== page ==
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Old 08-27-2017, 12:49 PM   #1
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Tire pressure

First really long trip with a tire pressure monitoring system. 16 31ul ,19.5 tires, 95psi cold pressure. When the pressure had built up both the inner rear tires was 6-7 psi higher than outside. has anyone else experienced this? Do you think this is normal?
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Old 08-27-2017, 01:03 PM   #2
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First really long trip with a tire pressure monitoring system. 16 31ul ,95psi cold pressure. When the pressure had built up both the inner rear tires was 6-7 psi higher than outside. has anyone else experienced this? Do you think this is normal?
All 6 tires read 95 psi cold? . . . That doesn't track with what I've seen on my 17 31ul. Is suspicious.
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Old 08-27-2017, 02:01 PM   #3
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You are asking about the dually tires on your tow vehicle?
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Old 08-27-2017, 02:16 PM   #4
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You are asking about the dually tires on your tow vehicle?
Nope, op has a Precept 31ul. Dual rear drive axle.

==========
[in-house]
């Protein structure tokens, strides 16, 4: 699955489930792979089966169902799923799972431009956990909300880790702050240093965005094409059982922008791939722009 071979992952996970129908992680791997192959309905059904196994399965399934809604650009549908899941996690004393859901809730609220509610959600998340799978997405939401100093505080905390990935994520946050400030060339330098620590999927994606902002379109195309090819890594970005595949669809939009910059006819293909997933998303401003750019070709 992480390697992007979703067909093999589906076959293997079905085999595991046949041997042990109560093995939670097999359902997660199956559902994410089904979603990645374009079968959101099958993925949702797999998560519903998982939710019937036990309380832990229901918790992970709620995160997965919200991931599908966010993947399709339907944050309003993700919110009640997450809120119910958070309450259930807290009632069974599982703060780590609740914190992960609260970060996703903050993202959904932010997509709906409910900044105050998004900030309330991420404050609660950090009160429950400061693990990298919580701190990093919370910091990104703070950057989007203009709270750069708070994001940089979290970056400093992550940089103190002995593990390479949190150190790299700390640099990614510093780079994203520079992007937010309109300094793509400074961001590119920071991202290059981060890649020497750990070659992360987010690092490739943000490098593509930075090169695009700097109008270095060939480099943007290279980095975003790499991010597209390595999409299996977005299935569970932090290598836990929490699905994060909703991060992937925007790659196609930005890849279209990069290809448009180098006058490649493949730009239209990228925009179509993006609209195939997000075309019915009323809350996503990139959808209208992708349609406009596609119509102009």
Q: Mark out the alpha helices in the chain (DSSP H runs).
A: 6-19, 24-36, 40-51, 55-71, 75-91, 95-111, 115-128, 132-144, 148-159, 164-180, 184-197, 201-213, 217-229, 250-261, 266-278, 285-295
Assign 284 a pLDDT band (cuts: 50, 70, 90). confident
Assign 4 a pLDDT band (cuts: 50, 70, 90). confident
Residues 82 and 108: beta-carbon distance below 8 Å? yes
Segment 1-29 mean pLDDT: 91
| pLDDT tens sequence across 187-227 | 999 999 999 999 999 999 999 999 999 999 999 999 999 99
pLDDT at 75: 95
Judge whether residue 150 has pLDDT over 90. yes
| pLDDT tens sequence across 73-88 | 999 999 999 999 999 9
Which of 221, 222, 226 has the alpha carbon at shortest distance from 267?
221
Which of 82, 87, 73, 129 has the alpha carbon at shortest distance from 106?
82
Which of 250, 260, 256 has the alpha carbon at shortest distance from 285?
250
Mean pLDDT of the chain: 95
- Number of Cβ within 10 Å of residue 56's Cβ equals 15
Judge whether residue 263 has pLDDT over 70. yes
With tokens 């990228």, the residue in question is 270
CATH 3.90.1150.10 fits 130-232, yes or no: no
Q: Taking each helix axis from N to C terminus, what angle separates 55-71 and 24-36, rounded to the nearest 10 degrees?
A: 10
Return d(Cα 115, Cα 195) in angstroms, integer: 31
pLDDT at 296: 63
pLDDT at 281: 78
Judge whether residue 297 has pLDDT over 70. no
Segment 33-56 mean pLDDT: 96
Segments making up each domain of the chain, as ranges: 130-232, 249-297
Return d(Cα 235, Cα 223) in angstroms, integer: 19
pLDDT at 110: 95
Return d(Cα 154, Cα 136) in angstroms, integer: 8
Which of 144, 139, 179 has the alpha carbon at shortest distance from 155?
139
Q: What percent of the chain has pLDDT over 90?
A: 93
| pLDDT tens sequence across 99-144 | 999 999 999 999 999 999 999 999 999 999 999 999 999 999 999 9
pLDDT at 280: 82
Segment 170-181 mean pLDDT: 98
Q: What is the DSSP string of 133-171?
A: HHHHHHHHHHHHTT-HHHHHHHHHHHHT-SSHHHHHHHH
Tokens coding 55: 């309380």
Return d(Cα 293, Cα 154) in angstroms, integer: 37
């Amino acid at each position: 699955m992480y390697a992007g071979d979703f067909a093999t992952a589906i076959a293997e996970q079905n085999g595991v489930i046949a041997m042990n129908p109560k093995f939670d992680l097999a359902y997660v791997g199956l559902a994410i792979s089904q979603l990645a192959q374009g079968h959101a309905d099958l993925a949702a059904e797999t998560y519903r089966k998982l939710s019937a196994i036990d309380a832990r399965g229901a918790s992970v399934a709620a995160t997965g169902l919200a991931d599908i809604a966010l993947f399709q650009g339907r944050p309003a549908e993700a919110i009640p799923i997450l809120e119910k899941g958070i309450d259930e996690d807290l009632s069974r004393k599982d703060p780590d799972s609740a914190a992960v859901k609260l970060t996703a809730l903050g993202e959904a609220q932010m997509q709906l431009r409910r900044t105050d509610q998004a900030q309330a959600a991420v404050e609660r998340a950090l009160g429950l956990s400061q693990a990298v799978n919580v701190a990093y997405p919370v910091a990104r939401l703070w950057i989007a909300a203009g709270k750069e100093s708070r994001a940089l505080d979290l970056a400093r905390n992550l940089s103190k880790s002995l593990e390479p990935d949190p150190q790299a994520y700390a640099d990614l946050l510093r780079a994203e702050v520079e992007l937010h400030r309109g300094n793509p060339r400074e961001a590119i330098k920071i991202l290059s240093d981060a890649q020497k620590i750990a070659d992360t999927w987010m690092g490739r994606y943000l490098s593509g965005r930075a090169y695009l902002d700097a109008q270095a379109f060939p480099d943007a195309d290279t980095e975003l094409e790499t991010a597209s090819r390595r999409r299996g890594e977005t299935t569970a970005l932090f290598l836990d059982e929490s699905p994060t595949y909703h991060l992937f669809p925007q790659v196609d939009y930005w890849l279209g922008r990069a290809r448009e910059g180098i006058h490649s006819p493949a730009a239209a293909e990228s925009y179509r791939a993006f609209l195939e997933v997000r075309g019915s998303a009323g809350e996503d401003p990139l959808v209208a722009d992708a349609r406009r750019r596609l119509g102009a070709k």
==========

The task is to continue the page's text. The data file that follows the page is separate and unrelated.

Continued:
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Old 08-27-2017, 05:52 PM   #5
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I've noticed it on our 31UL, also when we had our Melbourne 29D and a couple of dually pickups when towing....I think it's because the inner tires are not getting the airflow the outers are,and they are closer to the brakes and the engine and exhaust heat coming back so they tend to get a bit warmer. Some think the crown of the road can put more weight on the inners, I'm not sure.....We have not had any issues with the pressure difference.
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Old 08-28-2017, 12:10 PM   #6
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I have a 35UN and on my recent NJ to Yellowstone and back trip My tires started the day at 100psi each, They all stayed within 3-4 PSi at all times most often within 2 psi, It seemed that sometimes the sunny side had a slightly higher psi, also depends on the road you are on, how much of a crown is on the road. seems that if the road had a very noticeable crown the inside tires seemed to run a few psi higher then the outside. Just a few observation from 1 trip.
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Old 08-28-2017, 12:34 PM   #7
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Old 09-01-2017, 02:35 PM   #8
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New Rv'r here, 2018 precept 31ul. Is a tire monitoring system recommended.
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Old 09-01-2017, 03:11 PM   #9
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New Rv'r here, 2018 precept 31ul. Is a tire monitoring system recommended.
IMHO, TPMS is desirable for all motorhomes. Knowing a tire's temp and/or pressure is changing suddenly on its own is a big signal that something is wrong and should be checked before it blows. A front tire blowout can be very dangerous.
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Old 09-01-2017, 04:15 PM   #10
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Originally Posted by edfgrf View Post
First really long trip with a tire pressure monitoring system. 16 31ul ,19.5 tires, 95psi cold pressure. When the pressure had built up both the inner rear tires was 6-7 psi higher than outside. has anyone else experienced this? Do you think this is normal?